Writing and Self Censorship

Adventures in novel writing.

This really applies across the entire spectrum of writing –blogging to novel writing and everything in between.

I wrote a post a few months ago called Writing Romance In the #MeToo Era. In summary, the post was about how we as writers need to be conscious of how we portray the development of a romance, not as semi-stalker behavior (guy chases girl until she finally gives in) but in a healthy way (still can be exciting). There is one thing that has been rattling around in the back of my head since I wrote that piece. An extension, if you will, of the idea that writers have responsibility to the reader. In the context of my previous post, I still believe that is true. But…

There is a difference between writing an uncomfortable theme into a story and glorifying it. I believe in making that distinction clear. Isn’t some of the most compelling fiction that which explores the most troubling aspects of human life: heartbreak, betrayal, injustice, psychosis, and even death? How much greater is the satisfaction at the end of a story when the characters successfully overcome what seem to be the most insurmountable odds? The direst of circumstances? The writer must plumb the depths to pull the hero from the mire. And the mire might be pretty revolting.

Nevertheless, in the way that writing about a serial killer doesn’t make you one, neither does writing about any other abhorrent behavior make you guilty of that particular sin. In this confusing atmosphere of political correctness, we may feel the heat of closer scrutiny. It is my personal feeling that even truly awful themes can be explored and written about with tact and style rather than shock and vulgarity. However, not every writer will have the same set of standards or comfort level. Fortunately, we each have the right to set our own. But as a reader and viewer, I always have the option to look away.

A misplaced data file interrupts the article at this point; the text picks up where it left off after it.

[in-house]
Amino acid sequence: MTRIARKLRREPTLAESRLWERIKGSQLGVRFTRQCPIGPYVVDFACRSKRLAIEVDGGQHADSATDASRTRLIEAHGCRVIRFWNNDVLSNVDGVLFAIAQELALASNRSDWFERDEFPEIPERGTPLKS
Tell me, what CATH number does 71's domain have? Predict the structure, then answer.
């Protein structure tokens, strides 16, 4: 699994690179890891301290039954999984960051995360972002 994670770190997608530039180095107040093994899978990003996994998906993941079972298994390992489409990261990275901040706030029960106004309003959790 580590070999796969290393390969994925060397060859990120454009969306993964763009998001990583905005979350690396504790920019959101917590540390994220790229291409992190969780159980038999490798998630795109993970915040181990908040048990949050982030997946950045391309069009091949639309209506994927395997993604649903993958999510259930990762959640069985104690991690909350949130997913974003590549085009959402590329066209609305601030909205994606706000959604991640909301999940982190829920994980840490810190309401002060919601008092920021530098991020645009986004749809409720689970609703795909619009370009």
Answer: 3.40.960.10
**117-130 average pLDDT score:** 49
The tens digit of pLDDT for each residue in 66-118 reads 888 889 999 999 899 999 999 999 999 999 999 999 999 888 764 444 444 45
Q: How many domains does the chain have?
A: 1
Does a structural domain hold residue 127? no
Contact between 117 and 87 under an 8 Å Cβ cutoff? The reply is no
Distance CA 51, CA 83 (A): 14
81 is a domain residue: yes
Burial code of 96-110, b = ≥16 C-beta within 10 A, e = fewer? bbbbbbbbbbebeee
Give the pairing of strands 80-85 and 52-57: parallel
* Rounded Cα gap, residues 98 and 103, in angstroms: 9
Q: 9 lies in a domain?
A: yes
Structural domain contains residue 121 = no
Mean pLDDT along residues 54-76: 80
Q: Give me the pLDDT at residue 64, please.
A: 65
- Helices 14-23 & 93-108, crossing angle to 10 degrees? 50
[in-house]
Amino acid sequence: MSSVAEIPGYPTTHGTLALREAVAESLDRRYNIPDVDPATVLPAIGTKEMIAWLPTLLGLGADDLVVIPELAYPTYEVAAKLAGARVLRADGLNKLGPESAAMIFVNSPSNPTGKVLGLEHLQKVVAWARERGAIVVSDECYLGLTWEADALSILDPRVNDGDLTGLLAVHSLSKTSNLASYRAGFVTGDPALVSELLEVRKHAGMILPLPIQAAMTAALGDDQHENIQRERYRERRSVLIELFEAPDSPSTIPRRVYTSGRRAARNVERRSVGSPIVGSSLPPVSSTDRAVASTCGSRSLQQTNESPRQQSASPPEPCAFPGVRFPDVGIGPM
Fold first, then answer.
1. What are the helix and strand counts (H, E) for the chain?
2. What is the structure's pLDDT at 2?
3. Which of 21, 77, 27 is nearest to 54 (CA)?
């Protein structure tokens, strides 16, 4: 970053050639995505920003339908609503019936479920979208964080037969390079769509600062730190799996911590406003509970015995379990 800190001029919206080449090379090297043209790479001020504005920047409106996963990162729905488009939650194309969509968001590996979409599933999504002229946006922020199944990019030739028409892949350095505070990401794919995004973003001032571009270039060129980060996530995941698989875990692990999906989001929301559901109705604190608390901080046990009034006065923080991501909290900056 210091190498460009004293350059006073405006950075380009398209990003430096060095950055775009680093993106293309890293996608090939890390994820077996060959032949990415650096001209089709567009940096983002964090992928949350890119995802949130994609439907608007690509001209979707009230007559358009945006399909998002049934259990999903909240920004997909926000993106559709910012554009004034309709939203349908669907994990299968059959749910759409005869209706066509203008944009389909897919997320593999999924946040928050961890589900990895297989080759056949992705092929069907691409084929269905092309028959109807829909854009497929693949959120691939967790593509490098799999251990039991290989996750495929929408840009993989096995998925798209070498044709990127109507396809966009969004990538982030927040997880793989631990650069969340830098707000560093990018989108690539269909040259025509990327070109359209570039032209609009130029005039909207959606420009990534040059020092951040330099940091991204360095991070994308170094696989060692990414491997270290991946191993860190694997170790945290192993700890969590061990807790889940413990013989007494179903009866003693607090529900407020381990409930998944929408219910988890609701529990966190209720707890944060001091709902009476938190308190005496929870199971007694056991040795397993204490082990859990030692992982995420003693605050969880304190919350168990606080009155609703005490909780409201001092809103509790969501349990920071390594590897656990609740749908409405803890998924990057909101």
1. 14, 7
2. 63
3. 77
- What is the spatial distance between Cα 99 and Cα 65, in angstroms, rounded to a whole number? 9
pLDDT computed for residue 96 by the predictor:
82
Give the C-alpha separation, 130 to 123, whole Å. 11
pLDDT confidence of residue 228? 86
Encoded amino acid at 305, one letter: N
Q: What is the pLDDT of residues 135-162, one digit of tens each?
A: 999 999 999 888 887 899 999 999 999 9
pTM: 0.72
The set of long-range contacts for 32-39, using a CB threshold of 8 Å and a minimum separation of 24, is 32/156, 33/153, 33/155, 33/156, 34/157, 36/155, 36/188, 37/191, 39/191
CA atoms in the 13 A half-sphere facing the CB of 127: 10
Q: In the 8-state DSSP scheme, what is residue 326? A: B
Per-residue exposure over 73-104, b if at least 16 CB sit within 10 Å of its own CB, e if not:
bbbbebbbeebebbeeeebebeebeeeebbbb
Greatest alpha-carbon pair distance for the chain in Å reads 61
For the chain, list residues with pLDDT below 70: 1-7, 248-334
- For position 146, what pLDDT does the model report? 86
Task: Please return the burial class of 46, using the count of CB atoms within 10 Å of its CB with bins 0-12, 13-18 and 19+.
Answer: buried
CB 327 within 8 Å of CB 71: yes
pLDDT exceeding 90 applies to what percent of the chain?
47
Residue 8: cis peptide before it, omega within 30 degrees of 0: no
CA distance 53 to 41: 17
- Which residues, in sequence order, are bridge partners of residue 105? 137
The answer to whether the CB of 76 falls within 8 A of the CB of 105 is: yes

14 thoughts on “Writing and Self Censorship

  1. Guy chases girl is still romantic, IMO. Along came Polly is a good example, and I don’t think it’s offensive to anyone. Sometimes vulgarity as a theme can be offensive, too, but also integral to the story. Silence of the Lambs comes to mind. But to your point, being a great storyteller and writing about the dark side doesn’t make you complicit in any way. It only means that you’re a great writer.

    Liked by 1 person

    1. That’s it exactly, Rob. No one would accuse Robert Harris of glorifying cannibalism. (I hope!) And yet he makes Lechter an absolutely fascinating and compelling character. Its a weird world for artists and writers at the moment. There is a sense of having to tread carefully lest you step on someone’s toes. That rarely leads to innovation. 😕

      Liked by 1 person

  2. One of my favourite books as a teenager was an historical romance whose main characters fell in love after he raped her. I’m sure we would question that these days.
    I watched the Girl with the Dragon Tattoo last night (Daniel Craig version) I was so uncomfortable with the initial rape scene it was really graphic. I read the book a while ago, but it did make me think about the female actor who had to act such an awful scene.

    Liked by 3 people

    1. That sounds like a Victoria Holt novel I read! There’s no way that would fly today. And I’ve often wondered about actors that have to portray rape on screen. It must be gut wrenching. Thank you for your thoughts, Ruby!

      Liked by 1 person

    1. This is such a complicated issue… so many things need to be considered in time and in context. There are many facets not just two sides. I try to address this from a writer’s view but to expound on the entire subject would take more than a meager post like this one to cover!

      Liked by 1 person

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